When we think of Moses or Abraham or anyone else in the Old Testament as holding the Melchizedek Priesthood, we should think of them holding the priesthood without any subdivision into offices — Abraham and Moses held the Melchizedek Priesthood, and were priests of the higher order and holders of the entire Melchizedek Priesthood (and hence properly called high priests according to the modern understanding (but not the Old Testament understanding)), but they were not high priests in the sense of modern subdivisions into offices within an established church organization.

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  12. Anon on December 28, 2012 at 7:35 PM

    I have been a temple worker for more than 10 years and will attest that we are NOT allowed to answer patrons questions, not even if we say we are giving our own thoughts or opinions. Also, we are never given any sort of “inside” information, and our training meetings focus on rules and mechanics, and very seldom on anything doctrinal. At least that’s been my experience serving under 6 Temple Presidents.

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  13. Hedgehog on December 28, 2012 at 10:18 PM

    #7, I suppose the ordinance workers may have complained about the lack of modesty/decorum in the younger patrons… I tended to get in trouble for flashing too much leg or something. I never did get the hang of how to hold it all together – some way of folding they edges which seemed to require more than two hands because of holding one side whilst folding the other (and really, they’d have seen more of me at a swimming pool).

    So, insofar as the change means I can concentrate on the ordinance as opposed to trying to avoid upsetting the worker, that has to be a plus. So much so, I hadn’t noticed the change in the words from before… Seems odd to add that bit in though.

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  14. GBSmith on December 29, 2012 at 12:03 AM


    “Do you like the old way of doing the ordinance better?”

    Very funny. It took me awhile.

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  15. Douglas on December 30, 2012 at 3:16 AM

    Thanks for the correction about asking. I haven’t made any inquiries myself after the first few times some three decades ago. I did have the blessing of some face time in the Provo Temple with the late Theodore Tuttle (he was that temple’s President when I went through the MTC) and he was not only very genial and patient, but had a straightforward way of answering questions which was refreshing – including admitting that there were things he “knew” but was either not comfortable discussing them OR had been directed to decline to answer, or, he simply didn’t know and as far as he knew, hadn’t been revealed.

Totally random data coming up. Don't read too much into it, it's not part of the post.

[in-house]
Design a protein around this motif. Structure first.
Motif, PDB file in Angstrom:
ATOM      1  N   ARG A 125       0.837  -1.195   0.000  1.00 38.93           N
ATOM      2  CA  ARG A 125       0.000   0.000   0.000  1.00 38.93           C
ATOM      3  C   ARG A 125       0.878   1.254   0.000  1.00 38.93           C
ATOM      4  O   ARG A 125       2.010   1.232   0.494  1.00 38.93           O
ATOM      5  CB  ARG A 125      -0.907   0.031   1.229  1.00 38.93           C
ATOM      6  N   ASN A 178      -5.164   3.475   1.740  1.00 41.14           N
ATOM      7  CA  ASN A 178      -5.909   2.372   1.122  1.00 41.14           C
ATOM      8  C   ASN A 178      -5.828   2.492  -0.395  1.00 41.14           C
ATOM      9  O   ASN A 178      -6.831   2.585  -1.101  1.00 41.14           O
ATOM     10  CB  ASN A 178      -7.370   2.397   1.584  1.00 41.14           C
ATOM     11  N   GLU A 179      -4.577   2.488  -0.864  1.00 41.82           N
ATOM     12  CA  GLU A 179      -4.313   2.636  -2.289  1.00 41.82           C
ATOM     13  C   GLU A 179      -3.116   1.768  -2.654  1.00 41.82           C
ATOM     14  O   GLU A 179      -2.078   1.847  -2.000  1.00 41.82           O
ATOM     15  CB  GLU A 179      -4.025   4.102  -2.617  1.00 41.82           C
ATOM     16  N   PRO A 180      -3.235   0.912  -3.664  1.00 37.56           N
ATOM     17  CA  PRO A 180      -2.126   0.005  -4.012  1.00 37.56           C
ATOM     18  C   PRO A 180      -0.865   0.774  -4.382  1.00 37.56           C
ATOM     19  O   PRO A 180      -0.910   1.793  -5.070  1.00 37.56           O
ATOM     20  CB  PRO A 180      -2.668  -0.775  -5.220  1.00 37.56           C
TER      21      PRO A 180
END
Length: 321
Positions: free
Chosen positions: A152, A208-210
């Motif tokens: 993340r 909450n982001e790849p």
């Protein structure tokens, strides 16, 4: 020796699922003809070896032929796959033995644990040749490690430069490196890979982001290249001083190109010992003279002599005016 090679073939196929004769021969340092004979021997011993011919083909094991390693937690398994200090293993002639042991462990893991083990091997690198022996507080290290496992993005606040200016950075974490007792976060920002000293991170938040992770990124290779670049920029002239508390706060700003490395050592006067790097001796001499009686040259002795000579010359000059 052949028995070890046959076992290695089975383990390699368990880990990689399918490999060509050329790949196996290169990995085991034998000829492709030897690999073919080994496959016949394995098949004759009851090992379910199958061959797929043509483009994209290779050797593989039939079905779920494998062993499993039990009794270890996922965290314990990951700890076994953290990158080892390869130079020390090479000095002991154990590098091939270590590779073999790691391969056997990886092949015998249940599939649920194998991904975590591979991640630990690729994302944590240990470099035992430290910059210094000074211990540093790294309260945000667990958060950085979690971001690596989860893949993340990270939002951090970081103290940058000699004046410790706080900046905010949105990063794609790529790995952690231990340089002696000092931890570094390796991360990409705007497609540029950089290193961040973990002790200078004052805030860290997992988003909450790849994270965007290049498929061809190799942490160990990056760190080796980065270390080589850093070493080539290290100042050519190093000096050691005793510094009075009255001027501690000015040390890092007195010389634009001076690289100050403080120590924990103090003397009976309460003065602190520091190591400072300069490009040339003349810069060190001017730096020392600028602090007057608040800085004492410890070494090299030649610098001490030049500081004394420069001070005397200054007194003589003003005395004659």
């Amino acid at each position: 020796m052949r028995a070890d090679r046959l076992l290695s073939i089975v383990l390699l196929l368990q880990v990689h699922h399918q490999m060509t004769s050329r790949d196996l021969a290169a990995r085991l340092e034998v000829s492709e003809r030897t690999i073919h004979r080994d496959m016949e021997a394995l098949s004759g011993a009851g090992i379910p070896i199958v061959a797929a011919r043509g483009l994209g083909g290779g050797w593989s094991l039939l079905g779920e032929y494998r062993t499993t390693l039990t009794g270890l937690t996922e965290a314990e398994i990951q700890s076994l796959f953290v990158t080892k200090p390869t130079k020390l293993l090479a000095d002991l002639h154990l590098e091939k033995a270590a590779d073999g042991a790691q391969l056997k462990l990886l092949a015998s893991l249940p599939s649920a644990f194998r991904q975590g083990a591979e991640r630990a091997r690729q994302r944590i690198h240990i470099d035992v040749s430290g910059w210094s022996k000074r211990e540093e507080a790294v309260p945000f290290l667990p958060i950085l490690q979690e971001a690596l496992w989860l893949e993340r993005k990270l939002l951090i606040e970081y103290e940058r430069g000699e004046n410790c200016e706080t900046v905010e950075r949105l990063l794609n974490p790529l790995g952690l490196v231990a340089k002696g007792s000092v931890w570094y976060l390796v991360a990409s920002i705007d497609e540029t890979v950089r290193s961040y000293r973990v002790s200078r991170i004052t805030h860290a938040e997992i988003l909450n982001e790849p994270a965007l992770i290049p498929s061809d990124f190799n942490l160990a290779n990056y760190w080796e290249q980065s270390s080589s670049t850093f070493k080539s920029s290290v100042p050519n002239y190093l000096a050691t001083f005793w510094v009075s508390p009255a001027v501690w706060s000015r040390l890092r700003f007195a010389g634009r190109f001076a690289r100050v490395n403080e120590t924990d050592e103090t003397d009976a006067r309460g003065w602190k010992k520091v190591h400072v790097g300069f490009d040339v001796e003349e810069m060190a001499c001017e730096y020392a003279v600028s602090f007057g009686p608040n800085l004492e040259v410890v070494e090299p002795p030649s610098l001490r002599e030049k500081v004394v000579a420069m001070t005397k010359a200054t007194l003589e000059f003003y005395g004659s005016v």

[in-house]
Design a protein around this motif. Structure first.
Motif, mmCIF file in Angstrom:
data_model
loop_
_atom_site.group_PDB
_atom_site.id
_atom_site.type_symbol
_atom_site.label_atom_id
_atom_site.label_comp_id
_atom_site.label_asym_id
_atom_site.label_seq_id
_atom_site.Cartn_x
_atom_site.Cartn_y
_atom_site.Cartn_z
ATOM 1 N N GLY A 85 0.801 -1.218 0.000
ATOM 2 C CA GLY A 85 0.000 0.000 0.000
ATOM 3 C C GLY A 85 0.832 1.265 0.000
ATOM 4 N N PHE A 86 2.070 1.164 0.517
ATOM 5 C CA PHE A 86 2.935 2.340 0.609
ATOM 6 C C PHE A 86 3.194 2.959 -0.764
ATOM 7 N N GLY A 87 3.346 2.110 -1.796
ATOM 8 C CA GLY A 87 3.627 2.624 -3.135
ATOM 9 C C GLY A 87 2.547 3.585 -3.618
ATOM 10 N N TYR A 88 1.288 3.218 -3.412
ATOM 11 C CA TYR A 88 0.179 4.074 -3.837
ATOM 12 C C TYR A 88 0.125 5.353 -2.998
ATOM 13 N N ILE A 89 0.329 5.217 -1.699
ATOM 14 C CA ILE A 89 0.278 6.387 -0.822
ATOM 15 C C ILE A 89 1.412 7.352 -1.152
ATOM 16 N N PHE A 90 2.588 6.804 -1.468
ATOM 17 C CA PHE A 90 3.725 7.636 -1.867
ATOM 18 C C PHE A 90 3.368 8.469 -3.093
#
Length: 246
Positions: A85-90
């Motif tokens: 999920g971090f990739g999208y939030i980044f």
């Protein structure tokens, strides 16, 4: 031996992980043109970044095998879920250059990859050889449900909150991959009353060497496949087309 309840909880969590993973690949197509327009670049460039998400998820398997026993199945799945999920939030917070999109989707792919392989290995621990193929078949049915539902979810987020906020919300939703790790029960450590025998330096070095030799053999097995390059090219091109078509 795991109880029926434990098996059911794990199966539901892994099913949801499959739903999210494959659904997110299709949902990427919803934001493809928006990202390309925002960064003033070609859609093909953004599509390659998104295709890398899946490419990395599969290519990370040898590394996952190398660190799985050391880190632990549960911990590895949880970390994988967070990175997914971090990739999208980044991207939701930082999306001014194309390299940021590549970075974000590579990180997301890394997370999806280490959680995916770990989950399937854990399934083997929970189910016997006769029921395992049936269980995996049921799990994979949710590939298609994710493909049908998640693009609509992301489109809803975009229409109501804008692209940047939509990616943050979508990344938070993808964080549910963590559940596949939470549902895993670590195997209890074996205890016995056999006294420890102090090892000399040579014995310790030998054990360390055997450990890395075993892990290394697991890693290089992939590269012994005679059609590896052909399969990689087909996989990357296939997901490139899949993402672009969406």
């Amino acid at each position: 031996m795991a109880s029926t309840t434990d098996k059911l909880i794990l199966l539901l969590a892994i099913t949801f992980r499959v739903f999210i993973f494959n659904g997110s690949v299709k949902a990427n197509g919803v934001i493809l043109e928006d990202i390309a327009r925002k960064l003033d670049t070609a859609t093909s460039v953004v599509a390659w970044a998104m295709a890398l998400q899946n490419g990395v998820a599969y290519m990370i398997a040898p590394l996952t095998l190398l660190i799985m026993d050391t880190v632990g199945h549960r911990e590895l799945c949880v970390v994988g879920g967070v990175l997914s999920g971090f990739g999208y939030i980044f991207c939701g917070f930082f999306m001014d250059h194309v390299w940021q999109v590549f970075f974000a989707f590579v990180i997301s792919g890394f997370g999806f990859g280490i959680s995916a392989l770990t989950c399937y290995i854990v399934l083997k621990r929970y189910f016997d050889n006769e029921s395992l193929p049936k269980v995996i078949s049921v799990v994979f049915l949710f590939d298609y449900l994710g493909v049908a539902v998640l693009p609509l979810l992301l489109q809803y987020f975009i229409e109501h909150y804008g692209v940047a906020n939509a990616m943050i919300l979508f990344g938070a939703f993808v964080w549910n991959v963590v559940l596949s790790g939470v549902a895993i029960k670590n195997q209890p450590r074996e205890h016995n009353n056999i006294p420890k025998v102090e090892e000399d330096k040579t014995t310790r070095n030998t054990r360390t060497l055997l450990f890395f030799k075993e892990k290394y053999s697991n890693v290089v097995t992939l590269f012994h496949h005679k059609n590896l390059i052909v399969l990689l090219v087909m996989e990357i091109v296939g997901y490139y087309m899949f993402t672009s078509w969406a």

To me, going to the Lord’s house, rather than delving into the “mysteries”, is the utter peace that you can know there. My erstwhile sister-in-law, during a period in her life of personal difficulty, after getting her four older children off to school and her developmentally-disabled youngest child off to his special nursery program, would go to either the Bountiful or Ogden temple EVERY day and do a session. Never mind the Priesthood power and spiritual blessings of that temple attendance. IF my sis-in-law’s “therapy” through temple attendance amounted to little more than the proverbial “magic feather” that was used on Dumbo, then the temples would still be, IMHO, worth every nickel for their construction and upkeep.

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  16. Wyoming on January 3, 2013 at 7:51 PM

    A few weeks ago I was working with the Northern Cheyenne. In one of the offices, there is a poster that describes ‘smudging’ – a purifying ritual used by Native Americans utilizing herbs such as sage, cedar and sweetgrass. I thought the analogy to the temple anointing to be interesting:

    The elders say that all ceremonies, tribal or private, must be entered into with a good heart so that we can pray, sing, and walk in a sacred manner, and be helped by the spirits to enter the sacred realm. Native people throughout the world use herbs to accomplish this. One common ceremony is to burn certain herbs, take the smoke in one’s hands and rub or brush it over the body. Today this is commonly called “smudging.” In Western North America the three plants most frequently used in smudging are sage, cedar, and sweetgrass.

    We smudge to clear the air around us.
    We smudge to clean our minds so that we will have good thoughts.
    We smudge our eyes that we will only see good things.
    We smudge our ears so that we will only hear good things.
    We smudge our mouths so we will only speak of good things.
    We smudge our whole being so that we will only feel good things.